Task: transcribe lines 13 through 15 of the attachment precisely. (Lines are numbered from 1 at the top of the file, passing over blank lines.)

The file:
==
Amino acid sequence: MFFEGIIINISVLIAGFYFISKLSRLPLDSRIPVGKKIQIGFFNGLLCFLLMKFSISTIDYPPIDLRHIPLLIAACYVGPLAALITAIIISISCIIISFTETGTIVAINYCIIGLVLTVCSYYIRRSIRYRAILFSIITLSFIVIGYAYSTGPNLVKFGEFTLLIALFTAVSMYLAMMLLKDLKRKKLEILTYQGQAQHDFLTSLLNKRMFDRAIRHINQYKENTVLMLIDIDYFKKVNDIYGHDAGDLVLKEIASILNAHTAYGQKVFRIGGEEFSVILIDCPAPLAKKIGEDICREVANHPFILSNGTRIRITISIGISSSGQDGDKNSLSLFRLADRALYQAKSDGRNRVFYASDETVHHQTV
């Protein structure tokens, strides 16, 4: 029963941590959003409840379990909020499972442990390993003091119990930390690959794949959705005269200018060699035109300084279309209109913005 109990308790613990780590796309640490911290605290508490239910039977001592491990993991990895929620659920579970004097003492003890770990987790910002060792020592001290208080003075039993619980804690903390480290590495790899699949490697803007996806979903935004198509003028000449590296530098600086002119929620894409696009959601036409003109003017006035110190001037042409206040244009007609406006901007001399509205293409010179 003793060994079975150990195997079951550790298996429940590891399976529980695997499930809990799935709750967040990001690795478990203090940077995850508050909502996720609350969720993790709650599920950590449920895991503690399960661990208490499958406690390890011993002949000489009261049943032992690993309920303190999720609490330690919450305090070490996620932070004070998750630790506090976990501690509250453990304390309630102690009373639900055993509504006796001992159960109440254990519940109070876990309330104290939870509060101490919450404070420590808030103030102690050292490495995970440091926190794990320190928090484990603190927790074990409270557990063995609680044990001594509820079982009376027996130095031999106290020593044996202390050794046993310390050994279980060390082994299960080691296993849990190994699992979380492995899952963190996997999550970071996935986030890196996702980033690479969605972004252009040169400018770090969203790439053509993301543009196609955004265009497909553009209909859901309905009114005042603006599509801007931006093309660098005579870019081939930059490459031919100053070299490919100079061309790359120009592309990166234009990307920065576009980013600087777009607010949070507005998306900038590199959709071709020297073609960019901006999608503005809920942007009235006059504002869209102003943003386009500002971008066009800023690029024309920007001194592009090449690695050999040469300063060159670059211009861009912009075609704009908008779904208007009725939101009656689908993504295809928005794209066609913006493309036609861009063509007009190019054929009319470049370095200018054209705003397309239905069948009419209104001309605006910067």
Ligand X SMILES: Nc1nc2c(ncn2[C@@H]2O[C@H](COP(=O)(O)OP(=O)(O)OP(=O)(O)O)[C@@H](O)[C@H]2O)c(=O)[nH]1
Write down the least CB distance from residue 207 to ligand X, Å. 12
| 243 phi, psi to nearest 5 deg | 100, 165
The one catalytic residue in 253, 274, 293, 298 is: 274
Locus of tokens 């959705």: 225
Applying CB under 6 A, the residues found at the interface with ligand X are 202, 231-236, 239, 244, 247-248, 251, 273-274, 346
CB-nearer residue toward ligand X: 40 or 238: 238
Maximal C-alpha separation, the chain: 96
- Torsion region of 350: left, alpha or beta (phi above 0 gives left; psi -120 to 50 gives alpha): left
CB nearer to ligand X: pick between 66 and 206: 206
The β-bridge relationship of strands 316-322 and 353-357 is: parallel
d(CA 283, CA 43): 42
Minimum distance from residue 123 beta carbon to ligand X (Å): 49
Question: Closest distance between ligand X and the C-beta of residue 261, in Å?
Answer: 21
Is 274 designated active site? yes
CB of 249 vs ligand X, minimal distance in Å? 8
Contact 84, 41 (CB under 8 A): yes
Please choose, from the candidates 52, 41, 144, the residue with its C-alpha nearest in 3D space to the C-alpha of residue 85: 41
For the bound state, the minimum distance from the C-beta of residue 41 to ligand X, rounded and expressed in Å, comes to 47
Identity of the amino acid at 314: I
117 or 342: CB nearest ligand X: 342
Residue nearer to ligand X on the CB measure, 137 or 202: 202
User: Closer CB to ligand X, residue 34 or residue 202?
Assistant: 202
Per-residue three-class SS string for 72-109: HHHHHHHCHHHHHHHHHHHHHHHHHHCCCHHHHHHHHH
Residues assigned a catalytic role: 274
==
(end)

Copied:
The β-bridge relationship of strands 316-322 and 353-357 is: parallel
d(CA 283, CA 43): 42
Minimum distance from residue 123 beta carbon to ligand X (Å): 49